Whether it was at a museum, doctor’s office or in your own home, at one time or another we have all enjoyed the experience of watching a fish gracefully swim back and forth in an aquarium. The ability to spy on the underwater world prompts many to keep a home aquarium.

Fish are often a great first pet for introducing children to the responsibility of caring for an animal. The requirements are fairly simple: food and a healthy habitat. 

But what should you do after Nemo has lost his charm or if you can no longer care for your finned friend? 

In this case, the expression, “If you love something, set it free” does NOT apply!

Any plant or animal not native to Texas is considered an exotic species. Most fish available for sale at pet shops are exotic and imported from outside of the United States. 

Every year, exotic fish are released into creeks and rivers because the owner may not be able to take the fish with them when they move, the fish has outgrown the aquarium, or the fish is unhealthy. 

Whatever the reason, releasing exotic fish into local waters is not a good idea, and it is illegal.

You may think little Bubbles will be happier swimming in the river, but even if the fish survives the initial stress and possible predators and diseases of its new environment, it also poses an immense threat to the plants and animals naturally living in the waterway. 

Exotic fish cause changes to the aquatic community through predation and competition with native species by infecting native fish with exotic parasites and by hybridizing with native fish.

The suckermouth catfish (also called plecostomus or armored catfish) is an exotic species that could pose a threat to the ecology of the upper Guadalupe River if a population becomes established. This common aquarium species is popular because of its ability to clean algae from your fish tank. However, its voracious appetite is far less charming when released into a waterway, because it can drastically reduce the amount of green plants, therefore knocking out the base of the food chain and affecting all other aquatic organisms.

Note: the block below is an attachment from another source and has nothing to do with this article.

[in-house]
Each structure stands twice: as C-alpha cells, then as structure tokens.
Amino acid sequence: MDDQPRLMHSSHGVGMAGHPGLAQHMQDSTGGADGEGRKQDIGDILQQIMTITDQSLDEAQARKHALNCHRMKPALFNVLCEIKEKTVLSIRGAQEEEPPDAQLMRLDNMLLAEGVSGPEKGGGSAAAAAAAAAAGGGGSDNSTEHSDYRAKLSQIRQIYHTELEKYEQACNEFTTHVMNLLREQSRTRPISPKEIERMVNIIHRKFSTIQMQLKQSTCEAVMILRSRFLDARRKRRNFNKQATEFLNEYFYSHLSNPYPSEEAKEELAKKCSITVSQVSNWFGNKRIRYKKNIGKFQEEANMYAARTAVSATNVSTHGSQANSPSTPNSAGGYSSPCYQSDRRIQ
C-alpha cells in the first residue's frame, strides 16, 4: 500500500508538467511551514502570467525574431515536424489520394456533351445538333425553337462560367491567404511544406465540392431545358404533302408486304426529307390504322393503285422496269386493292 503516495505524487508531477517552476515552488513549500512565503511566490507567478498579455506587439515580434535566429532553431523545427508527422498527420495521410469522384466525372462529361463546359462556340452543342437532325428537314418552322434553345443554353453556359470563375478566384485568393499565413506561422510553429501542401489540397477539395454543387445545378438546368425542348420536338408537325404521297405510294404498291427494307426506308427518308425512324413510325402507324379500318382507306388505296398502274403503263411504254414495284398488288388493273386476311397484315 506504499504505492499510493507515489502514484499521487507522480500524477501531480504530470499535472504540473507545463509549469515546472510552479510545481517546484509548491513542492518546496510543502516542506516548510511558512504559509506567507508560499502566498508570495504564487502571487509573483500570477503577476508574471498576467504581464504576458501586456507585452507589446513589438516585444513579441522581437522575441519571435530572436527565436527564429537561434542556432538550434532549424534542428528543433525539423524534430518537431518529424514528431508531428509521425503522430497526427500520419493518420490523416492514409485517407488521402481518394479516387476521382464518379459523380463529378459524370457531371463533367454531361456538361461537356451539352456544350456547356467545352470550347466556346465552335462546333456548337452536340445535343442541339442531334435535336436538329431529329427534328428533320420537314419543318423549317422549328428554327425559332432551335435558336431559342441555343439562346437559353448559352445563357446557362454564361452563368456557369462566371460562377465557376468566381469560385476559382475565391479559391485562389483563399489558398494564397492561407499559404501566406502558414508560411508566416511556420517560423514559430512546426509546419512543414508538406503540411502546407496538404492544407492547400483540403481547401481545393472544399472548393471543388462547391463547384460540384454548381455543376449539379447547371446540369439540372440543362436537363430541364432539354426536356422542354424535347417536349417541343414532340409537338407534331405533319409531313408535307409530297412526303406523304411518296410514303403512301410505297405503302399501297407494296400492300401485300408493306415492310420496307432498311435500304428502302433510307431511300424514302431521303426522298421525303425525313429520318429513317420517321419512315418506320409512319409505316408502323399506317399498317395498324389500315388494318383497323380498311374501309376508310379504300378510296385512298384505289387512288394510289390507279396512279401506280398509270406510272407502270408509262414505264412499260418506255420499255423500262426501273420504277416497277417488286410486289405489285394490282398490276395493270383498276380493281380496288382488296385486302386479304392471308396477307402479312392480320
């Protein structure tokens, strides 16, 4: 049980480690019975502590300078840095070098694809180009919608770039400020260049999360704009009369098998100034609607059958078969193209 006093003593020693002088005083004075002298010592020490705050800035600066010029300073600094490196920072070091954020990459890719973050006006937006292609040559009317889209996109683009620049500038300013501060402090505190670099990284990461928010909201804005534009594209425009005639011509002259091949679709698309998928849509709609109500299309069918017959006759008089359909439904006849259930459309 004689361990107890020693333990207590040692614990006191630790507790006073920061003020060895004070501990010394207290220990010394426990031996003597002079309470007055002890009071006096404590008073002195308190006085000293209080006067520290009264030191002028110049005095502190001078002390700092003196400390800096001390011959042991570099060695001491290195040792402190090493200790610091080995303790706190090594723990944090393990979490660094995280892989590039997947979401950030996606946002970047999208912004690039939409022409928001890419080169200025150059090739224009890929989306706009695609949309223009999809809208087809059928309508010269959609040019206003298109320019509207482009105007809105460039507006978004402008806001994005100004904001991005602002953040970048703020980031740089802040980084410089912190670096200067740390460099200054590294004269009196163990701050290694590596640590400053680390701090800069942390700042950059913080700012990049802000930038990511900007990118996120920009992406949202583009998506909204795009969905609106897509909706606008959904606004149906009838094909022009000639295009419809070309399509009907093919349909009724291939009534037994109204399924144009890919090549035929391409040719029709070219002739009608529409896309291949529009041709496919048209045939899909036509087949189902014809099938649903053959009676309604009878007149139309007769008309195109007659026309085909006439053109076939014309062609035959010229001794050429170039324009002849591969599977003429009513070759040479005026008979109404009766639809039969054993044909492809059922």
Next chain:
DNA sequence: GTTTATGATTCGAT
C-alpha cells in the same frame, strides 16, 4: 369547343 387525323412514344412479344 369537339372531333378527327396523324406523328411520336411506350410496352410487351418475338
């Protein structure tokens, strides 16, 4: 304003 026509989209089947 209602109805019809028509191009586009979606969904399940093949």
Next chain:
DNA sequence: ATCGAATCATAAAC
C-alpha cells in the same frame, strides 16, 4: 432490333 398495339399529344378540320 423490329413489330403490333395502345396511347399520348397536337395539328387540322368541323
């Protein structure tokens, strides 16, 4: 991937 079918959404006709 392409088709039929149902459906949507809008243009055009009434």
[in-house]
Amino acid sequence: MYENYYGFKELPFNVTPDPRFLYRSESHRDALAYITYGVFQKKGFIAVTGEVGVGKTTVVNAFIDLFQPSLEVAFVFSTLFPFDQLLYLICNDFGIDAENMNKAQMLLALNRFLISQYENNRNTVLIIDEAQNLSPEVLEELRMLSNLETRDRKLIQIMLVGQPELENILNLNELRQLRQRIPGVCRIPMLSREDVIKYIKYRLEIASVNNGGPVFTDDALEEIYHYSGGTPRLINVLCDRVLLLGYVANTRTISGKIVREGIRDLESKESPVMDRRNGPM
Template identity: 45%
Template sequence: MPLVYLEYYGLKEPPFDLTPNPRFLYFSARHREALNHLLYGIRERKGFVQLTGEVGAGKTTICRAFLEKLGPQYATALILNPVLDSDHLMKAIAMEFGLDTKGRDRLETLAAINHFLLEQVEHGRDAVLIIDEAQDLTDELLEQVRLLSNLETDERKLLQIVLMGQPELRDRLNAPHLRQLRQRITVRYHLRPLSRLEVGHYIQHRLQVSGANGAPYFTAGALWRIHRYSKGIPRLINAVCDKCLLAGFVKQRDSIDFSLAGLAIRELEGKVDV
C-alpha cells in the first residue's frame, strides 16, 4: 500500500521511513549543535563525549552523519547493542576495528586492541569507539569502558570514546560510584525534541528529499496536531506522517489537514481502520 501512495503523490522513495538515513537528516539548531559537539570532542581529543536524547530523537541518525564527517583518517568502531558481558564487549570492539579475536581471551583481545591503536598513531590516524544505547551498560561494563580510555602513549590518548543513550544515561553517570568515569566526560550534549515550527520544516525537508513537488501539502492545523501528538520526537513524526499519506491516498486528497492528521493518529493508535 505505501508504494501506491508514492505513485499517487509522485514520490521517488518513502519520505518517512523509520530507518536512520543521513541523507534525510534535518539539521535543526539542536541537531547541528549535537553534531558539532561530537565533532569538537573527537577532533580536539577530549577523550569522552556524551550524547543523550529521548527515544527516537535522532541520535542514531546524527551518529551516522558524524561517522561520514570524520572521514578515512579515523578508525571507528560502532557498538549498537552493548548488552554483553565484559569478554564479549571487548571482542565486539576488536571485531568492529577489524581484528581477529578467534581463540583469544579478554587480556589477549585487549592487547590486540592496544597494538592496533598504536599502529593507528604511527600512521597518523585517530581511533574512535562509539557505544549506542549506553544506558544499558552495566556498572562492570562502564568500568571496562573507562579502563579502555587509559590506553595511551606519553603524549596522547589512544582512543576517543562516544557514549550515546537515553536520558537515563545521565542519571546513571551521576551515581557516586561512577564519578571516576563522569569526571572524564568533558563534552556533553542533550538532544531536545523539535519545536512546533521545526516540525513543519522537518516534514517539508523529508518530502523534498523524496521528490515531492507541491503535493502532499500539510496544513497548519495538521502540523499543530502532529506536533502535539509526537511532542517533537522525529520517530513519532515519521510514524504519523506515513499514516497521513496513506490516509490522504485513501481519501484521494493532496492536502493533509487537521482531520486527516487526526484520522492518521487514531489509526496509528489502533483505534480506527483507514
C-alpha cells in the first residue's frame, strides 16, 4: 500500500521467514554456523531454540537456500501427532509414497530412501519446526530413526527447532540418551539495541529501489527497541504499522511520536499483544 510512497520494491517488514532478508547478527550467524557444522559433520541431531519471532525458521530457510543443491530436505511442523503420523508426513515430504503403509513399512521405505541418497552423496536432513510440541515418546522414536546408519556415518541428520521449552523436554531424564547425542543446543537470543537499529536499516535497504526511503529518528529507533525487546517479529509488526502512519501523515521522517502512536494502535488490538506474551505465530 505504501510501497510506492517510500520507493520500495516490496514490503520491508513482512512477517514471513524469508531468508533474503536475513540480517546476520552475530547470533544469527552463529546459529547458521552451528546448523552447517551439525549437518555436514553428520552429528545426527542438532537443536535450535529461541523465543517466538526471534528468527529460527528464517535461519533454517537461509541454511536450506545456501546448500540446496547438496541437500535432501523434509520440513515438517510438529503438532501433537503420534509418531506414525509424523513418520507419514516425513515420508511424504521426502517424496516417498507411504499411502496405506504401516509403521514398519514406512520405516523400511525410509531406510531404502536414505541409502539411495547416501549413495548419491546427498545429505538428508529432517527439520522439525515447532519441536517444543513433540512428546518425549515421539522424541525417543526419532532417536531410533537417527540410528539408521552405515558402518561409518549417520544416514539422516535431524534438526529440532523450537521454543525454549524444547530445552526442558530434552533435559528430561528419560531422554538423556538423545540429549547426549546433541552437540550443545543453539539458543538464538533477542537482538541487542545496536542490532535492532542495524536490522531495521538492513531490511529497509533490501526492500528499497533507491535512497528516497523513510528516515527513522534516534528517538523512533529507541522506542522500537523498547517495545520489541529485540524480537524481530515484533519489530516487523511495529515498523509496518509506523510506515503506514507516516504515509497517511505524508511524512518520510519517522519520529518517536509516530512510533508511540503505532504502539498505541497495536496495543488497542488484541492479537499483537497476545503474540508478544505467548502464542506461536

The suckermouth can also burrow into stream banks causing erosion and sedimentation. In addition, their large, thick scales make them very resistant to predation which allows the species to quickly dominate an area. 

The San Marcos River, which joins the Guadalupe River near Gonzales, is currently home to a growing population of suckermouth catfish, and substantial efforts are underway to reduce the numbers. Currently, there are no known occurrences of suckermouth catfish in Kerr County, but exotic fish like koi and goldfish have been observed in our waterways.

What can you do if you are no longer able to care for your aquarium fish? You could ask a local pet store to accept it, find someone to adopt the fish, or donate it to a school, professional office, museum or nursing home. 

If these options are not available, the fish should be euthanized. 

Please call UGRA for assistance with this or any other questions. 

If you catch an exotic fish in a creek or river, do not release it! Please report the species via email to UGRA — tbushnoe@ugra.org — and include a photo if possible.

Tara Bushnoe is the natural resources coordinator for the Upper Guadalupe River Authority. She can be reached by phone, 830-896-5445, or by email, tbushnoe@ugra.org.

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